A Spaniard in the Works
I sold it
not worth much now
Would you have kept it?
at the United Cigar Store
a yellow lion coin bank
honeysuckle incense cones
and a tiny carved box
with a hidden panel
I remember your hamster
in his glass fish bowl
and smelly wood shavings
I remember the banjo
into a stringless
I remember the scarf
on number one needles
it unfurled across the basement floor
I remember the smell of vinyl wallpaper
in your forbidden bedroom
paisley and teal
I was your sister
Linked to the Open Link Night at dVerse on July 26, 2011
I declared “I don’t think the universe intended for me to be a retailer.” It was a glib comment. And when I thought about it, possibly untrue. I’ve had the itch to sell stuff since I was a child.
When I was seven or eight I dragged the piano stool out of the house onto the lawn and set up shop. One of the first items sold was my eldest sister’s first edition copy of John Lennon’s A Spaniard in the Works. Boy, was she cross. In my defense, it was the 60s, and no one knew all things Beatle would become collector’s items.
For inventory, a few years later, I made stuff. I created crayon pictures. I don’t know where I learned my technique but I would draw a picture and cover the entire paper in waxy colour. Then I would outline each colour with black. My mom had to buy me whole boxes of black crayons from the art supply store. I wish I had some of those pictures now, particularly one series which was a depiction of the four seasons. Honestly, none of these pictures remain in the family archives because they were hot sellers!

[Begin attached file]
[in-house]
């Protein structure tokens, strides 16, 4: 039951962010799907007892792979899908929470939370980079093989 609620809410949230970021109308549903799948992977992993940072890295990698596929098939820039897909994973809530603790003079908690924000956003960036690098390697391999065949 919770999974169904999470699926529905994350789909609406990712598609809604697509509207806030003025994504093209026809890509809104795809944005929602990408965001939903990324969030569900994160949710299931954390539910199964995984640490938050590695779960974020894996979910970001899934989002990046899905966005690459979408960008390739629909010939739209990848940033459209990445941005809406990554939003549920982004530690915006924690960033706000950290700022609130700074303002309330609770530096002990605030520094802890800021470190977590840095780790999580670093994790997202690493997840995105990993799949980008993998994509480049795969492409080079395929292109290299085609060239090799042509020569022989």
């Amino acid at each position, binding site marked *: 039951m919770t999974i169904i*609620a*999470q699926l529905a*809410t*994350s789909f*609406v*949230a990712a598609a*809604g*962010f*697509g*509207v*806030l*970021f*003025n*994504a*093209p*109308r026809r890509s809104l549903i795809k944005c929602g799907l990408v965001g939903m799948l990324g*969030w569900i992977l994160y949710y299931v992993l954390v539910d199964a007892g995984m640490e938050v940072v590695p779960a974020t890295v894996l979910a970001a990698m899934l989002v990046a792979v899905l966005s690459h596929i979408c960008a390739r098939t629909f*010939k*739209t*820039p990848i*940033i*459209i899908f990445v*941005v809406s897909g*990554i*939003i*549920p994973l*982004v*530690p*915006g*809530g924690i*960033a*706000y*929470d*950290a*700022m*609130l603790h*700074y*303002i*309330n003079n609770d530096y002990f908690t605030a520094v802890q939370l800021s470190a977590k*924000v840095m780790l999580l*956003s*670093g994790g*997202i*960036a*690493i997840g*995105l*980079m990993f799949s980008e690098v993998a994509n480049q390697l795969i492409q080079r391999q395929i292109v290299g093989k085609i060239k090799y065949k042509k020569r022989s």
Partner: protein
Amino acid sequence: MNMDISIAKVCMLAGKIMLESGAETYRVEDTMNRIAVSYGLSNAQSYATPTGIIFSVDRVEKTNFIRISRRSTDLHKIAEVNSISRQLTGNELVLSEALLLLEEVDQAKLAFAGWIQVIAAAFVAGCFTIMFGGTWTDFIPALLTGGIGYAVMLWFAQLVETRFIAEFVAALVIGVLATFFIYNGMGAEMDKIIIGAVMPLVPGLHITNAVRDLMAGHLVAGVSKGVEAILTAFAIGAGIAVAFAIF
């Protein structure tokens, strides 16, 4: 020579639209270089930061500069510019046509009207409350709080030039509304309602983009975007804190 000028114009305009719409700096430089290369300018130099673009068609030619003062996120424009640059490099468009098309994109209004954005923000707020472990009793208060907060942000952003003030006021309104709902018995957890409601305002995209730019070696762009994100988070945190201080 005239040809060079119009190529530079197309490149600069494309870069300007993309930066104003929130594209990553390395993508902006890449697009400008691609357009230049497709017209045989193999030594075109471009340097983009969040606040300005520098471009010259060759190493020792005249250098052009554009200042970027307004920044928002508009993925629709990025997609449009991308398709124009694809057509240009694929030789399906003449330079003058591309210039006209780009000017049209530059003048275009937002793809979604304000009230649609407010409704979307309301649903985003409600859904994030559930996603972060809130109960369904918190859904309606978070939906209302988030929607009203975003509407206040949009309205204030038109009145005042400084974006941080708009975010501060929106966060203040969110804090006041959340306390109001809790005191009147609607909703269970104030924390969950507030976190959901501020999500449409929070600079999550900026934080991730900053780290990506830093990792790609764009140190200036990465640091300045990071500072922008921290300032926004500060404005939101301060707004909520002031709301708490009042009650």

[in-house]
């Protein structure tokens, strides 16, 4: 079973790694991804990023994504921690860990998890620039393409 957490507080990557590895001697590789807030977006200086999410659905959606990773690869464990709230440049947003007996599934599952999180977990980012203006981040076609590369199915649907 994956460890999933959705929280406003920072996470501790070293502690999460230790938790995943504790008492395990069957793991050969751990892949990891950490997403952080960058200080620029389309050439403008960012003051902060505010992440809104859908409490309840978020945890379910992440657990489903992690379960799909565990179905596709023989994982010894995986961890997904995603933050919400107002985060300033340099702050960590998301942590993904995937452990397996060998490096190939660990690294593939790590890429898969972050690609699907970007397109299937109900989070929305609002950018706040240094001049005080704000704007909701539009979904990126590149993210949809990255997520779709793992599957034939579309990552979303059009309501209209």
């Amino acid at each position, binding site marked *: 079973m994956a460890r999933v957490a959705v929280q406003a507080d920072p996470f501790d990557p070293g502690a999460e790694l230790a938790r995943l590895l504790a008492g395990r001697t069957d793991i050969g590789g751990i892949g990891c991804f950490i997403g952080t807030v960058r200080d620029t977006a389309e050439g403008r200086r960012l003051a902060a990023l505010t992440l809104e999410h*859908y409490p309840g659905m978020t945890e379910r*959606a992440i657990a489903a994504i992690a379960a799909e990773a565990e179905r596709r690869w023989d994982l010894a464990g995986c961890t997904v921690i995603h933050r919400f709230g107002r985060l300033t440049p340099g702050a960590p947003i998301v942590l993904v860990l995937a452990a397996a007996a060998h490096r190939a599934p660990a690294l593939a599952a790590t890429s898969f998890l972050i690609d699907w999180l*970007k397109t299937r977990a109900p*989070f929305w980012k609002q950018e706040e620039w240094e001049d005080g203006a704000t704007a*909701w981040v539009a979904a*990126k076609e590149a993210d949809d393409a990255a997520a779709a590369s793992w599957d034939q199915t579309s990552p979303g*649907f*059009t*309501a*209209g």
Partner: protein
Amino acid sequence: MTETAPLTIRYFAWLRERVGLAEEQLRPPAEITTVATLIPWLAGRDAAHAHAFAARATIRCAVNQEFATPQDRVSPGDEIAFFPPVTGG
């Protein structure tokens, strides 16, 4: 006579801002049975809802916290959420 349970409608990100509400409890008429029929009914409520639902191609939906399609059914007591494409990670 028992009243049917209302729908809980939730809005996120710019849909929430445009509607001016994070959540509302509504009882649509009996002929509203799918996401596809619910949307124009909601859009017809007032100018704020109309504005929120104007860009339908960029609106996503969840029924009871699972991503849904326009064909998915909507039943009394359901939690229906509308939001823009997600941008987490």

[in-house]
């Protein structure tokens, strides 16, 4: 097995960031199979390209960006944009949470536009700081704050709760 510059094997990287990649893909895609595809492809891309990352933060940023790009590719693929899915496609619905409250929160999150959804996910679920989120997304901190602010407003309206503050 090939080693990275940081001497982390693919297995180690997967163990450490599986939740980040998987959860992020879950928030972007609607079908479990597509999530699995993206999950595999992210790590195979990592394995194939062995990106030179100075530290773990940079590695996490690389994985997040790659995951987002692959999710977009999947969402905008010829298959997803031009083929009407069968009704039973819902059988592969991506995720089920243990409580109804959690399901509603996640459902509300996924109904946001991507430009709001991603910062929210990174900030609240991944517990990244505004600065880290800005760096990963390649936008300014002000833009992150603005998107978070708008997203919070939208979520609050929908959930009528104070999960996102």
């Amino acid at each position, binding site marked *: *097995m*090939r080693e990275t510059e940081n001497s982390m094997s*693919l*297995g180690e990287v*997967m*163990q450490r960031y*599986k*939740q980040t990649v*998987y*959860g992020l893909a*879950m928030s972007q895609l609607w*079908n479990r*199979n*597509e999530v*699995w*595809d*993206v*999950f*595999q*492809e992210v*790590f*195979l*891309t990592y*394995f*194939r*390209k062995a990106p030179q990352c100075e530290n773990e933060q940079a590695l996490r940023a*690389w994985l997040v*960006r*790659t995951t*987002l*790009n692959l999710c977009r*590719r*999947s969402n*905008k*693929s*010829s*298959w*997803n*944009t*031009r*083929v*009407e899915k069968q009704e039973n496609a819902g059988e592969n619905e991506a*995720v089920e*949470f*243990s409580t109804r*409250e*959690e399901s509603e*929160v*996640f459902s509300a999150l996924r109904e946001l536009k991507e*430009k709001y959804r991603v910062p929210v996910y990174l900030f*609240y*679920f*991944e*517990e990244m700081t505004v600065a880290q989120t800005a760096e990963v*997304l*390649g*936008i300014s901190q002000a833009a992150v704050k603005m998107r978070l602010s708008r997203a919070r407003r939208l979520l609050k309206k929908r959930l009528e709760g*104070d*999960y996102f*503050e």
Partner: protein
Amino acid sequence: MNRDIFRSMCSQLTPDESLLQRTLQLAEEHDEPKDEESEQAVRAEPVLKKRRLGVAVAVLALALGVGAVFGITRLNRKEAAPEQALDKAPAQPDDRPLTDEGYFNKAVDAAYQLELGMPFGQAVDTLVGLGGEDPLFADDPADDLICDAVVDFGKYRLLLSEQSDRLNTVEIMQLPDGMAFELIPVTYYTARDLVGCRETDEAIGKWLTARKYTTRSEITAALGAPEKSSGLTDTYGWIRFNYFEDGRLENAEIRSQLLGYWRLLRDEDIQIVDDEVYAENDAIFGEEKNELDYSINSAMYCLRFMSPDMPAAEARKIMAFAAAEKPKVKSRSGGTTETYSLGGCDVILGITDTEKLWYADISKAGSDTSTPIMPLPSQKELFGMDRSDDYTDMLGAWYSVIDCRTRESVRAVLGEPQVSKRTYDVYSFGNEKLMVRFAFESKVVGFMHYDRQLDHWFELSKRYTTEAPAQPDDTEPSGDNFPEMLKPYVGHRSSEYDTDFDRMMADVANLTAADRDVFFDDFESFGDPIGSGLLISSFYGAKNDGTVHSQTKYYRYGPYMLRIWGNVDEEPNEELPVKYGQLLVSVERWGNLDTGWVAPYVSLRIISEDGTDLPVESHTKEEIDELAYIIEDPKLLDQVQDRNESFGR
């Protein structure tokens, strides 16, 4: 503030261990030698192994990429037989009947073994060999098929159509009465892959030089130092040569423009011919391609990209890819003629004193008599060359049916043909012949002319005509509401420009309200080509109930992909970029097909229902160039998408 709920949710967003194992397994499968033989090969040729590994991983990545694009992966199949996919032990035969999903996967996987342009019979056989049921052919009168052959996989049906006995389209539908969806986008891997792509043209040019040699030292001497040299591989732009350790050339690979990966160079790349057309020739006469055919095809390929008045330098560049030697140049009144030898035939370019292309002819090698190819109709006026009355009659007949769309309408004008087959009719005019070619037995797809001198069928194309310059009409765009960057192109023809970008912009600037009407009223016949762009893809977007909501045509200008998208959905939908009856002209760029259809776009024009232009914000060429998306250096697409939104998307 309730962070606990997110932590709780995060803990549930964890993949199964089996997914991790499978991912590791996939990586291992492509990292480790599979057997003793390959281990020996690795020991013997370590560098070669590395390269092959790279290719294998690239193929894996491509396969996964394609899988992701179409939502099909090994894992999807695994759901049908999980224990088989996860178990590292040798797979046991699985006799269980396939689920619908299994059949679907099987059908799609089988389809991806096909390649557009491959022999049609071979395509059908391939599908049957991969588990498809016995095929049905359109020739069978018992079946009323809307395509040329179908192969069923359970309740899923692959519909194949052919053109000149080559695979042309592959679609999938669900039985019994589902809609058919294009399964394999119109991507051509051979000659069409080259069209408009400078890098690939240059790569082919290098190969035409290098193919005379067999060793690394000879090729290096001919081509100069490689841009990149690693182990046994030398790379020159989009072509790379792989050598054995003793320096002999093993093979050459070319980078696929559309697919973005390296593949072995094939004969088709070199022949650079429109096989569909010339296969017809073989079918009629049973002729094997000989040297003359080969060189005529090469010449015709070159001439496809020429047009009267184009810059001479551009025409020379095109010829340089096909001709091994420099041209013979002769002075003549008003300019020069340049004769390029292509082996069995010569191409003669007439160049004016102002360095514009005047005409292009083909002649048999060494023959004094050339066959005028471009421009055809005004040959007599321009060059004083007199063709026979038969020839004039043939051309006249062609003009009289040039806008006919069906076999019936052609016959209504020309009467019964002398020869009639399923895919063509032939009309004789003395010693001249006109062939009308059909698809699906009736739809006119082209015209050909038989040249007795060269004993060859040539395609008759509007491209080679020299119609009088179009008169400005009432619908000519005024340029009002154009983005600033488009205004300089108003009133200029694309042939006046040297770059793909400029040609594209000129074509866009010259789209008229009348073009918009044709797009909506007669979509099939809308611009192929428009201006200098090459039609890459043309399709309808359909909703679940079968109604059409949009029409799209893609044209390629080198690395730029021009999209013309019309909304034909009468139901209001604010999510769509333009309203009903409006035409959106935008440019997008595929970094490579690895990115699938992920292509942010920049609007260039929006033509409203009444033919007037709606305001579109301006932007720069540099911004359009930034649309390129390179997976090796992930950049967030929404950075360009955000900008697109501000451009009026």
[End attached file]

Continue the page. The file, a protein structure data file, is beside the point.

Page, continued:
I also scavenged leather scraps from stores on Yonge Street and sewed them into wallets and purses. Rounding out the inventory was a collection of painted beach stones, sometimes “lucky stones” which had holes right through them and could be sold on a leather string.
My first jobs were in stores, a bakery, and a head shop. After university, where I studied English literature and dreamed of becoming a poet like my professors, bp nichol and Michael Ondaatje, I took up retailing. I bought the head shop and turned it into a popular home decor and gift store. It was exciting and I had a tremendous amount to learn about running a business. Buying items for the store fed a shopping and selling addiction beyond compare. It was fun and satisfying, and I rarely thought about poetry. Sometimes I pondered the meaning of my life and decided it was noble to provide aesthetic beauty to my customers’ lives.
When my business failed after 18 years I went to work at the University of Toronto Bookstore as a marketing and merchandising manager. Friends and family thought it was an ideal job for me: I like stores, and I like books! But I didn’t like the job. The universe, however gave me the opportunity to learn about book retailing, and peripherally about publishing. As I scanned publishers catalogues, wrote book reviews, and fingered newly minted volumes of poetry a whiff of a desire rose in my mind. Write, Sandy, it whispered.
So now, a couple of years after leaving the University, I am holding a copy of my own book of poetry. My desire to “sell” Chatterbox is not the same impetus I have to sell dog halters (which I do as a part-time job). It is a desire to share my story. To share my writing. To connect with a readership. It is a different desire than my entrepreneurial streak. And I think the universe meant me to be a writer.